Discussion in 'Social Life, Food & Drink, Travel' started by mgm9128, Dec 29, 2011.
What's something like that for?
They are good for passing purees through. Makes an ultra smooth texture.
Are new viking fridges any good? Due to their old ones being completely terrible and recalled they're offering the chance to buy a new one for about half off retail. Worth it?
JFYI the Zauberstab/bamix is great. The Moulinette is ok, too.
omelette pans. what should i get? i make omelettes in a variety of pans, but i would prefer a small nonstick 8 in pan. im thinking calphalon or de buyer which are both very different.
the one thing i dont like is that the sides aren't curved but stick straight out of the bottom at an angle. it seems to me a curvature would be nice
i've been very happy with my paderno 9.5" carbon steel pan. i don't think i'd ever go back to nonstick.
is it the paderno from PEI?
thinking about it i might just replace my fry pan instead of getting an omelette pan. id like a proper one instead of the badly warped one i have now
oooh also i meant all clad. they ahve some non stick pans that look nice
not sure where mine was made, but it's this one: http://www.amazon.com/gp/product/B000RWHIHY/ref=oh_o00_s00_i00_details
it looks exactly like this one http://www.world-cuisine.com/store/index.cfm/c1609 which makes me think that the Paderno PEI stuff is different. seems like it's two different companies using the same name?
also, i would never ever buy an expensive (such as all-clad) nonstick-coated pan. non-stick pans are meant to be thrown away, which would be difficult to do with a $100 all-clad. if you absolutely must have a non-stick pan, go to a restaurant supply store (the kind that sells to restaurants, not yuppies) and buy a cheap (but thick) aluminum fry pan with a nonstick coating. use it, and when the coating wears away, get rid of it and buy a new one.
+1 on less expensive non-stick pans. Buy something decent, but don't spend money on All-Clad. Just think of All-Clad's promotional budget and buy a functional and cheaper pan.
i went to a restaurant supply store and all they had were 8 in paderno crepe pans
one thing i wanted to ask was do you feel like the sides are too flared out or the sides not high enough? do you feel like the 9.5 has too little space?
after deciding to go with carbon steel for my next omelet pan, i agonized over the size. i'm very happy i went with the 9.5, it seems like just the right size for a 3-egg omelet. it's not big enough for much else, so a few weeks ago i ended up getting a second paderno carbon pan in 11 inch, which is more useful for stuff other than omelets. but for 3-egg omelets, i'm very happy with the 9.5.
i also sprung for the $13 silicone handle cover from amazon, and am very glad i did.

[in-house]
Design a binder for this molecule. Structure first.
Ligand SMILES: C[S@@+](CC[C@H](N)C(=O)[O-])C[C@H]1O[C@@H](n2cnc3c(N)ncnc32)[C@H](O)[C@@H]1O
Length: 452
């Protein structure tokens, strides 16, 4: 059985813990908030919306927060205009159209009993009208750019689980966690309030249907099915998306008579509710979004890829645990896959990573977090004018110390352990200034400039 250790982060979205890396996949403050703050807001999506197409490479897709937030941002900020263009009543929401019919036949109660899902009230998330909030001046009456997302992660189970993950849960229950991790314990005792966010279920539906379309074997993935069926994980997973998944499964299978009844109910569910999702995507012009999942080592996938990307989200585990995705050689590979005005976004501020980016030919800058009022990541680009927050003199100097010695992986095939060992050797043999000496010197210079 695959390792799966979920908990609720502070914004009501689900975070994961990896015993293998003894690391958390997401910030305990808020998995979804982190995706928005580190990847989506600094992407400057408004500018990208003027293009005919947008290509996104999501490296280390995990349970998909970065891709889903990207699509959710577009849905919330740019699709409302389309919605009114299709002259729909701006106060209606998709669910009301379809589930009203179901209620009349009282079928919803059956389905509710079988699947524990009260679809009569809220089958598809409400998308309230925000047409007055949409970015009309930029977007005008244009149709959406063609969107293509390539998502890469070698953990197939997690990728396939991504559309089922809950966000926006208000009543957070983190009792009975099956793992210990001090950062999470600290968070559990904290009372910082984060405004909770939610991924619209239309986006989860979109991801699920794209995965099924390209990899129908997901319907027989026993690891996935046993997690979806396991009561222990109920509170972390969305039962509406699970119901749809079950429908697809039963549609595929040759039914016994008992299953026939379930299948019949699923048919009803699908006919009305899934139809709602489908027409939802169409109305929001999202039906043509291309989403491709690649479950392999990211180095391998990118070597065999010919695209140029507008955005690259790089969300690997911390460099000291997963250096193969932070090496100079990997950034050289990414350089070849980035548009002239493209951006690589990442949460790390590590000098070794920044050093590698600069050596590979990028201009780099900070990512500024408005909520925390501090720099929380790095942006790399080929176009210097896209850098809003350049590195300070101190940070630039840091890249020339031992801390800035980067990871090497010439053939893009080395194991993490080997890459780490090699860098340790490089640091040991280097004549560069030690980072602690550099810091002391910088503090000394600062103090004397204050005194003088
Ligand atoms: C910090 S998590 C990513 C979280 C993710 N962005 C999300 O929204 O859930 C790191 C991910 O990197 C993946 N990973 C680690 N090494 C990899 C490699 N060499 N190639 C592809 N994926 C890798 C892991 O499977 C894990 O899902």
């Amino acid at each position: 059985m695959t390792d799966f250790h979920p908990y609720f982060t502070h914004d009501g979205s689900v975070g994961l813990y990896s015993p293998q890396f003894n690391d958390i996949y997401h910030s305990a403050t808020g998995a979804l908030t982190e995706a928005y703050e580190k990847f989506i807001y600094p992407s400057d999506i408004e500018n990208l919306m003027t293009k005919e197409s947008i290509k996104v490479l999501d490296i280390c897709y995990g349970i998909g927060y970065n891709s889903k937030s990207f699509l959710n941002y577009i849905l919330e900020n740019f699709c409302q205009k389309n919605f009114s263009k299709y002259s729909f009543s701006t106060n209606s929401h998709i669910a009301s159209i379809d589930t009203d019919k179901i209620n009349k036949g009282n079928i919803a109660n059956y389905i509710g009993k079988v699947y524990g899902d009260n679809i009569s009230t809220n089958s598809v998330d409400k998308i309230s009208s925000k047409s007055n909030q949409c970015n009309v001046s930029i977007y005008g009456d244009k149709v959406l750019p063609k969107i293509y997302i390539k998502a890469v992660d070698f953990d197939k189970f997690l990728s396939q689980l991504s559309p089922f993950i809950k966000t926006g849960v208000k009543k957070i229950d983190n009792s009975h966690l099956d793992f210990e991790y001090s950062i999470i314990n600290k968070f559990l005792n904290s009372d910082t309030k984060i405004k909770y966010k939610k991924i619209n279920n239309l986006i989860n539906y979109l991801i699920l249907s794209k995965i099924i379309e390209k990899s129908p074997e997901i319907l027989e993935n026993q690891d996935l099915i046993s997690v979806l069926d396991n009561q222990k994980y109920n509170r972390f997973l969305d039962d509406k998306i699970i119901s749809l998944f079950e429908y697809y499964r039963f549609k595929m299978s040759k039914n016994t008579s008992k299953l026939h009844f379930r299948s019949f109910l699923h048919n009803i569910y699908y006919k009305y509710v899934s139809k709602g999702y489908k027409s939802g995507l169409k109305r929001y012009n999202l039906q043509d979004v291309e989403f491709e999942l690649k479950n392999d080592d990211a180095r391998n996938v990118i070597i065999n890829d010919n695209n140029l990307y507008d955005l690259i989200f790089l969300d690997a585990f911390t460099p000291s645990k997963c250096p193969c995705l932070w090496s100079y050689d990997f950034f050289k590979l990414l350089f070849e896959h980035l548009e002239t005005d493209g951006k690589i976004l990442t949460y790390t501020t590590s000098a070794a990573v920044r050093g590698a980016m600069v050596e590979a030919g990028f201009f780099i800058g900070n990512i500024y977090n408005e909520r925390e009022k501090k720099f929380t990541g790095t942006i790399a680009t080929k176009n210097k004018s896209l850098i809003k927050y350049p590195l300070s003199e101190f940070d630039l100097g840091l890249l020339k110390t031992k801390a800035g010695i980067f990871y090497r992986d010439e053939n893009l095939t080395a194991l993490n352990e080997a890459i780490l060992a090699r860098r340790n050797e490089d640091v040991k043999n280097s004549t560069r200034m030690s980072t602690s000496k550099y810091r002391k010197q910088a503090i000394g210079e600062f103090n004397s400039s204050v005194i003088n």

as for the flared sides: i've never used one of those low-side pans, so i can't really give any feedback on which is better.
is the silicon handle worth it over just using a kitchen towel?
you're convincing me very well into buying two paderno pans from amazon, the 9.5 and 11. have you tried the 12.5? it looks a little too big.
also do you ever deglaze your pan? if you do does it strip the seasoning?
With longtime use, as in use in one sitting, not use over years, the silicone handle gets really freaking hot.
excellent, that'll bump up my monthly commission from paderno nicely!
the silicone handle seems pricey, but honestly in the grand scheme of things (considering this pan will likely last you several decades, compared to 1-3 years for a non-stick pan) it's not too bad. and yes, it's much more useful than using a towel, i actually bought the pan without the extra handle at first, and got a mild ouchie as a result. you can always buy the pan(s) now and order the silicone handles later if you burn yourself one too many times (for me, once was enough).
i don't really do pan sauces in these pans, so i'm not sure how that would affect the seasoning. i'm sure if you do some quick googling on deglaze sauces in cast iron pans, it'll give you some info. from what i can tell, these carbon pans seem to season similarly to cast iron, so if it works for cast iron, it'll probably work on these.
also: the 11 is a bit on the small side, the actual cooking area seems smaller than the 10 inch cuisinart pan i used to have. it's big enough for one ribeye steak, but not much bigger. the 12.5 might not be a bad idea.
+100. REALLY hot. much much much hotter than a normal pan's handle, which is made to not get hot. the handles on these pans are basically the same temp as the pan itself. hot enough to fry an egg = hot enough to fry your leg.
so no silicon handle? i think we'll see how a kitchen towel goes.
hmmm. i dont think you're supposed to deglaze with cast iron at least not with acidic things. maybe just an omelette pan for now.
thanks to the two of you
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